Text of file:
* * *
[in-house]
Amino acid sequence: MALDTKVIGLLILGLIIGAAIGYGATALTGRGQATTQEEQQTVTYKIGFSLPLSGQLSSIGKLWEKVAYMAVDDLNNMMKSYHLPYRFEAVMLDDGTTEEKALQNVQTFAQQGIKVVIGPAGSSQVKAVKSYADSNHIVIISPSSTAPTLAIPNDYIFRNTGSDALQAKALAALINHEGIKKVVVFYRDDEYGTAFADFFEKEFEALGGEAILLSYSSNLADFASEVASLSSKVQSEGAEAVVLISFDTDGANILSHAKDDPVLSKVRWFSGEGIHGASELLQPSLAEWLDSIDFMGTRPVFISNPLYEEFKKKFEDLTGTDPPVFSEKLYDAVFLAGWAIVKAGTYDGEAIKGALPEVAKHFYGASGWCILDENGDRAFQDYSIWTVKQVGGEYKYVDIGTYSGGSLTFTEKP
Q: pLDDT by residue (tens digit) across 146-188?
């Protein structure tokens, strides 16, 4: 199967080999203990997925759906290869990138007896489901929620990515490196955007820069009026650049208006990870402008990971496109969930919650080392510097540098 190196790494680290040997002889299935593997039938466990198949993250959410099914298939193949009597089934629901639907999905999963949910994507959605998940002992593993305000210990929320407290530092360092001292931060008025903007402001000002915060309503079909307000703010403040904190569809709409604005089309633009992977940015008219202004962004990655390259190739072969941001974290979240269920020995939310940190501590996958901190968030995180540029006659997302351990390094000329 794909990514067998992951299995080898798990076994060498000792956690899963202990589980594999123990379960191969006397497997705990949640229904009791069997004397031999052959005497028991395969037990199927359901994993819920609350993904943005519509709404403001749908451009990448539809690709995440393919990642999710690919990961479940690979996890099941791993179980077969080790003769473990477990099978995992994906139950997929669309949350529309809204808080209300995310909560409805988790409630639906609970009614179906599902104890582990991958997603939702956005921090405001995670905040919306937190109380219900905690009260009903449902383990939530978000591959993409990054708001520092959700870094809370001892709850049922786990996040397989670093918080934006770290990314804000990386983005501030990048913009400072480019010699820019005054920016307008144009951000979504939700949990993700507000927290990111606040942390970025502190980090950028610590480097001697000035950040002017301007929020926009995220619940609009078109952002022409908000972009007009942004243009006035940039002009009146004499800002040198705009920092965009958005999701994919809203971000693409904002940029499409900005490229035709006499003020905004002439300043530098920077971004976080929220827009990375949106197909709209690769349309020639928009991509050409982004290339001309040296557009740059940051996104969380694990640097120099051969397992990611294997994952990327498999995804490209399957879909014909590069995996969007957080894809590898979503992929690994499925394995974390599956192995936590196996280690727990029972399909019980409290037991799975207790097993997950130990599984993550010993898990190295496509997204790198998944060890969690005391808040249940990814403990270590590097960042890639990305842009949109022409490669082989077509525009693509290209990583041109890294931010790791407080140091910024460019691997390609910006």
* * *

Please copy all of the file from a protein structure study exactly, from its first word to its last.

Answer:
[in-house]
Amino acid sequence: MALDTKVIGLLILGLIIGAAIGYGATALTGRGQATTQEEQQTVTYKIGFSLPLSGQLSSIGKLWEKVAYMAVDDLNNMMKSYHLPYRFEAVMLDDGTTEEKALQNVQTFAQQGIKVVIGPAGSSQVKAVKSYADSNHIVIISPSSTAPTLAIPNDYIFRNTGSDALQAKALAALINHEGIKKVVVFYRDDEYGTAFADFFEKEFEALGGEAILLSYSSNLADFASEVASLSSKVQSEGAEAVVLISFDTDGANILSHAKDDPVLSKVRWFSGEGIHGASELLQPSLAEWLDSIDFMGTRPVFISNPLYEEFKKKFEDLTGTDPPVFSEKLYDAVFLAGWAIVKAGTYDGEAIKGALPEVAKHFYGASGWCILDENGDRAFQDYSIWTVKQVGGEYKYVDIGTYSGGSLTFTEKP
Q: pLDDT by residue (tens digit) across 146-188?
């Protein structure tokens, strides 16, 4: 199967080999203990997925759906290869990138007896489901929620990515490196955007820069009026650049208006990870402008990971496109969930919650080392510097540098 190196790494680290040997002889299935593997039938466990198949993250959410099914298939193949009597089934629901639907999905999963949910994507959605998940002992593993305000210990929320407290530092360092001292931060008025903007402001000002915060309503079909307000703010403040904190569809709409604005089309633009992977940015008219202004962004990655390259190739072969941001974290979240269920020995939310940190501590996958901190968030995180540029006659997302351990390094000329 794909990514067998992951299995080898798990076994060498000792956690899963202990589980594999123990379960191969006397497997705990949640229904009791069997004397031999052959005497028991395969037990199927359901994993819920609350993904943005519509709404403001749908451009990448539809690709995440393919990642999710690919990961479940690979996890099941791993179980077969080790003769473990477990099978995992994906139950997929669309949350529309809204808080209300995310909560409805988790409630639906609970009614179906599902104890582990991958997603939702956005921090405001995670905040919306937190109380219900905690009260009903449902383990939530978000591959993409990054708001520092959700870094809370001892709850049922786990996040397989670093918080934006770290990314804000990386983005501030990048913009400072480019010699820019005054920016307008144009951000979504939700949990993700507000927290990111606040942390970025502190980090950028610590480097001697000035950040002017301007929020926009995220619940609009078109952002022409908000972009007009942004243009006035940039002009009146004499800002040198705009920092965009958005999701994919809203971000693409904002940029499409900005490229035709006499003020905004002439300043530098920077971004976080929220827009990375949106197909709209690769349309020639928009991509050409982004290339001309040296557009740059940051996104969380694990640097120099051969397992990611294997994952990327498999995804490209399957879909014909590069995996969007957080894809590898979503992929690994499925394995974390599956192995936590196996280690727990029972399909019980409290037991799975207790097993997950130990599984993550010993898990190295496509997204790198998944060890969690005391808040249940990814403990270590590097960042890639990305842009949109022409490669082989077509525009693509290209990583041109890294931010790791407080140091910024460019691997390609910006």